Review: Chipotle’s ‘Farmed and Dangerous’

Farmed and Dangerous Hulu

A Hulu mini-series about food integrity? Don't have a cow, dude

Chipotle is hardly the first sponsor to brave the programming game – indeed, not even for Hulu, since Subway underwrote a comedy pilot dubbed “The 4 to 9ers.” Still, “Farmed and Dangerous” does mark an unusual entry into production for the restaurant chain, inasmuch as it mixes pointed satire about corporate greed with wonky dissertations about food policy. The result is a four-episode series with more tang than one might have anticipated given the pabulum often churned out in ad-supported vehicles, yet which ultimately falls into a sort of narrative no-man’s land that’s neither fish nor fowl.

In pitch-meeting terms, the show’s money shot comes in the opening sequence, when PR/image guru Buck Marshall (Ray Wise) is receiving a demonstration of the newest product from Animoil, which involves feeding a petroleum-based substance directly to cattle to lower costs. The main side effect of the PetroPellet, he’s told by the CEO (Eric Pierpoint) and the company’s German scientist (Thomas Mikusz), is that the cows occasionally explode – which is precisely what this one does.

So Buck faces the rather uphill task of putting lipstick on this particular cow, enlisting his daughter and newest employee (Karynn Moore) to help him. She enthusiastically dives in, which includes trying to win over an advocate for sustainable farming (John Sloan), who pushes back against the corner-cutting maneuvers employed by Animoil and its distasteful implications for the food supply.

The sparring banter between these two beef-crossed characters is a lot older than Chipotle, down to the complication of her sneering country-club boyfriend. But their exchanges are often woefully stilted, feeling as much like a public-service announcement as an actual series.

“Farmed” fares somewhat better when Wise (“Twin Peaks”) commands center stage, strategizing with his minions at the Industrial Food Image Bureau about how to, say, downplay a YouTube video of the aforementioned cow, with the head of digital expressing relief that it “wasn’t on TV.”

What makes “Farmed and Dangerous” mildly interesting is seeing some of these Occupy Wall Street-type sentiments articulated through the prism of a corporate-commissioned TV show, one that mentions Chipotle – which employs the slogan “Food with integrity” – precisely once in a later chapter, yet which conveys an implied slight to other fast-food chains throughout.

Traditionally, advertisers have gone into programming to create what they see as a hospitable environment for their commercial messages. Here, the company approaches production with more ambition, but also slightly suspect aims, given how inseparable the message is from the messenger.

The marriage between advertisers and programming, in other words, remains an awkward one, even if their heart appears to be in the right place. Because “Why buy the cow when the milk’s laced with a petroleum-like substance?” could just as easily be read as “Why sit through a food-integrity lecture from a company that clearly has a dog in the fight, even if they sugar-coat the packaging?”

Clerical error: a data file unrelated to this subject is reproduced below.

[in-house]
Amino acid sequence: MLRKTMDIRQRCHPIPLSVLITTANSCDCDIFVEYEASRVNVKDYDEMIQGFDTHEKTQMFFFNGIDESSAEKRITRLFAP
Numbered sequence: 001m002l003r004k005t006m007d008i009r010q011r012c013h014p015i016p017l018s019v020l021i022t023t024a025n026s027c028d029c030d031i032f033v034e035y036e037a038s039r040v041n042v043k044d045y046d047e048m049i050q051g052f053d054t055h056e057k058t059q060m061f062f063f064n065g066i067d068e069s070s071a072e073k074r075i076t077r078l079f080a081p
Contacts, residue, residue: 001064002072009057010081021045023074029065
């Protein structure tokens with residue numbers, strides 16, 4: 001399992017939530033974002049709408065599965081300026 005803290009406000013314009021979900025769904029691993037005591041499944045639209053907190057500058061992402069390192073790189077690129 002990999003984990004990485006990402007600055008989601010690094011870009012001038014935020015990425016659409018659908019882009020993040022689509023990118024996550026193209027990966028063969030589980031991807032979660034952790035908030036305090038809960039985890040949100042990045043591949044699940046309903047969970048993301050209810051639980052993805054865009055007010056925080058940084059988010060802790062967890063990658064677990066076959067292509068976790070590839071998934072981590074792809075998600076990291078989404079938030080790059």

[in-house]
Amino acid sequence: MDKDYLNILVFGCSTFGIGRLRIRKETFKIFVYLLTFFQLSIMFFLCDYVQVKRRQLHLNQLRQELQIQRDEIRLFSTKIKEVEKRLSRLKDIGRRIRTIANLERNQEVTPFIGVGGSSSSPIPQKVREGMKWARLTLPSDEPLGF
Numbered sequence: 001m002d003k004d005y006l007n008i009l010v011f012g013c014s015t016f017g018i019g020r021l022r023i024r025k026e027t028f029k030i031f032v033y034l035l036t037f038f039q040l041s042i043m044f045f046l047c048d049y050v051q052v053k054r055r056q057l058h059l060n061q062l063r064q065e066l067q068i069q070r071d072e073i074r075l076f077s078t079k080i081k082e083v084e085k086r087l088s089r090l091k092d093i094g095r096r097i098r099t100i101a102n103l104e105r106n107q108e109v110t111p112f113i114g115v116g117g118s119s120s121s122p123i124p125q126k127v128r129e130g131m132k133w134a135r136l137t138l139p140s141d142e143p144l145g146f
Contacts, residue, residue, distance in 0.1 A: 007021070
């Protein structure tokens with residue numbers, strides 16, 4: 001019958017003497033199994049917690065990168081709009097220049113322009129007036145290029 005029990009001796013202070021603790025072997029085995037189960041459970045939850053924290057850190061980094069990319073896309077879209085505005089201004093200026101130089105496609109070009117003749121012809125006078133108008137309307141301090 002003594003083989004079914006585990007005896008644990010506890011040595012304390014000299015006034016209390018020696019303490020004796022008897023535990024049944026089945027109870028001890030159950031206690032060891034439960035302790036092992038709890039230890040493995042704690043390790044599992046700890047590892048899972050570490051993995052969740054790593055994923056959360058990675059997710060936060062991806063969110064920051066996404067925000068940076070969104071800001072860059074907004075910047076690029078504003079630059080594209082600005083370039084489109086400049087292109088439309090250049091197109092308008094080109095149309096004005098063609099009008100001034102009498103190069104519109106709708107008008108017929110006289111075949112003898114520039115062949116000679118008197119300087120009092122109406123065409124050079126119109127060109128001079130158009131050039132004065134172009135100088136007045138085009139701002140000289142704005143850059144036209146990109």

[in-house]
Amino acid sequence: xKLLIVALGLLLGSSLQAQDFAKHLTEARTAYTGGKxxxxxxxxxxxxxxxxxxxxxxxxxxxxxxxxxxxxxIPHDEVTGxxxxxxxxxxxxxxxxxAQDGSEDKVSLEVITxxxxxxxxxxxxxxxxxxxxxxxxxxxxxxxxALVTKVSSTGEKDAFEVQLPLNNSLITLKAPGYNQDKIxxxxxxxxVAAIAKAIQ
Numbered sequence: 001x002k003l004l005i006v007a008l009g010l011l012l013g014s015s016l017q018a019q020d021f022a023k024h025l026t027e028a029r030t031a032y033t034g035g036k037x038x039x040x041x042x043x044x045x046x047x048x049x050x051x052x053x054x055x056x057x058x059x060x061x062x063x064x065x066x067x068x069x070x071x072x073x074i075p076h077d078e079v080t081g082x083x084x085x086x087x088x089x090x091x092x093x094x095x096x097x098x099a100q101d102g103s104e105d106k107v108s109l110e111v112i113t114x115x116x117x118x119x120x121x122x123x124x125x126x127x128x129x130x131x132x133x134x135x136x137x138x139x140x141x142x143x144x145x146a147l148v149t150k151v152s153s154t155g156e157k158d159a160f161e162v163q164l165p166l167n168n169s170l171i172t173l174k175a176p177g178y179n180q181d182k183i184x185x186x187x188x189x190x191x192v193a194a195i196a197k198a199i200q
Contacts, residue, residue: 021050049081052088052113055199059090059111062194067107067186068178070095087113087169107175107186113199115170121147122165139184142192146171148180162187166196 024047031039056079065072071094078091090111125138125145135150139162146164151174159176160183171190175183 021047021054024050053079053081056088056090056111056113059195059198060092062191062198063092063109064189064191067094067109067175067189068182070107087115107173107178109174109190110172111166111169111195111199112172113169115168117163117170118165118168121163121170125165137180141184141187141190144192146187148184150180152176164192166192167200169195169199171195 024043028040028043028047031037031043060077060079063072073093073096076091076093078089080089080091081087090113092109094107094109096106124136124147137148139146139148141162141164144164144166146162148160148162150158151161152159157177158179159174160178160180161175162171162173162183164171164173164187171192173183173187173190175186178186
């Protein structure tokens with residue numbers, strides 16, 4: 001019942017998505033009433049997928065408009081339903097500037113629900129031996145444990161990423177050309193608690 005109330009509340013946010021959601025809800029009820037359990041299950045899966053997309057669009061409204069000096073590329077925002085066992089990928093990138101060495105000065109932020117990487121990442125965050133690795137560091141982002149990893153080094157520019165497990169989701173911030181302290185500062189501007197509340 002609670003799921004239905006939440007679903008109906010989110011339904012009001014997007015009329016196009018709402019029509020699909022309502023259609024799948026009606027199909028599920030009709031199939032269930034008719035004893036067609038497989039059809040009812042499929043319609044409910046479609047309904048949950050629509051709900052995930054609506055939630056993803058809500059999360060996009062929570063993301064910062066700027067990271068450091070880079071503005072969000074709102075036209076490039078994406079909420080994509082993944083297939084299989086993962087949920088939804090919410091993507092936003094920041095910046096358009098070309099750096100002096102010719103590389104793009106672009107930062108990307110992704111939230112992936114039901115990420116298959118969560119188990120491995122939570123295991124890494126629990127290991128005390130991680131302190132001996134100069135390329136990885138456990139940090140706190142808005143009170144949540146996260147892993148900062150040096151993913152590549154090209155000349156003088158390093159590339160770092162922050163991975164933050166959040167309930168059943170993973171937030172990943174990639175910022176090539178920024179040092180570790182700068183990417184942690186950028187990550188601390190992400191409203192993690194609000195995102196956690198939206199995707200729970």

Review: Chipotle's 'Farmed and Dangerous'

(Limited series; Hulu, Mon. Feb. 17)


Filmed in Los Angeles by Piro and Chipotle.


Executive producers, Mark Crumpacker, William Espey, Tim Piper, Daniel Rosenberg; producer, Natalie Galazka; director, Piper; writers, Rosenberg, Piper, Mike Dieffenbach, Jeremy Pisker; camera, Marc Laliberte Else; production designer, Bruton Jones; editor, Ross Baldisserotto; music, Deetown; casting, Joanna Colbert. 22 MIN.


Ray Wise, Eric Pierpoint, John Sloan, Karynn Moore

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  1. Leonard Mehlmauer says:

    This isn’t about whether this or that actor is worse or better than big-name stars. This is about how a company (Chipotle) has the courage to make a film that stands up against Big Corporate. Hooray for everyone involved in this production! Keep it going!

  2. I go to Chipotle 300x each year.

    I couldn’t even make it through the first half of Farmed and Dangerous. The plot is awful. The satire is painful. In fact, I just got done eating a burrito bowl before watching it and my stomach now hurts.

  3. Kevin says:

    When Ray Wise stumbled on his lines twice in the first scene I knew it was going to be all downhill from there. I kinda liked John Sloan’s performance, reminded a lot John Krasinski in Promised Land. I enjoy farcical entertainment as much as the next person. However, when the antagonists are represented purely with cliche and hyperbole, while the charming protagonists gets to play it entirely straight, it just gets boring. I appreciate what Chipotle is trying to do with this series (improving their bottom line by making people take more of an interest with where their food comes from). I just wish they could have done it better. Frankly, the only part in the entire show that struck me as smart was the inclusion of a plug for the documentary “Food Inc” in the intro, which unlike their show is actually worth watching.

  4. Yeats says:

    Brian was being too kind when he referred to the dialogue in scenes between the Chip and Sophia characters as “stilted.” I don’t think that even begins to cover it. This felt like it was scripted by student contributors for NPR, not professional comedy writers. And story/character establishing scenes were done so ham-fistedly there should have been workmen in the background literally laying pipe just in case there was a viewer who wasn’t clear about what was going on. Like Mr. Lowry, I believe this show has its heart in the right place though as he points out, Chipotle’s involvement isn’t exactly altruistic. It’s just too bad that F n D’s execution falls so short of its ideals.

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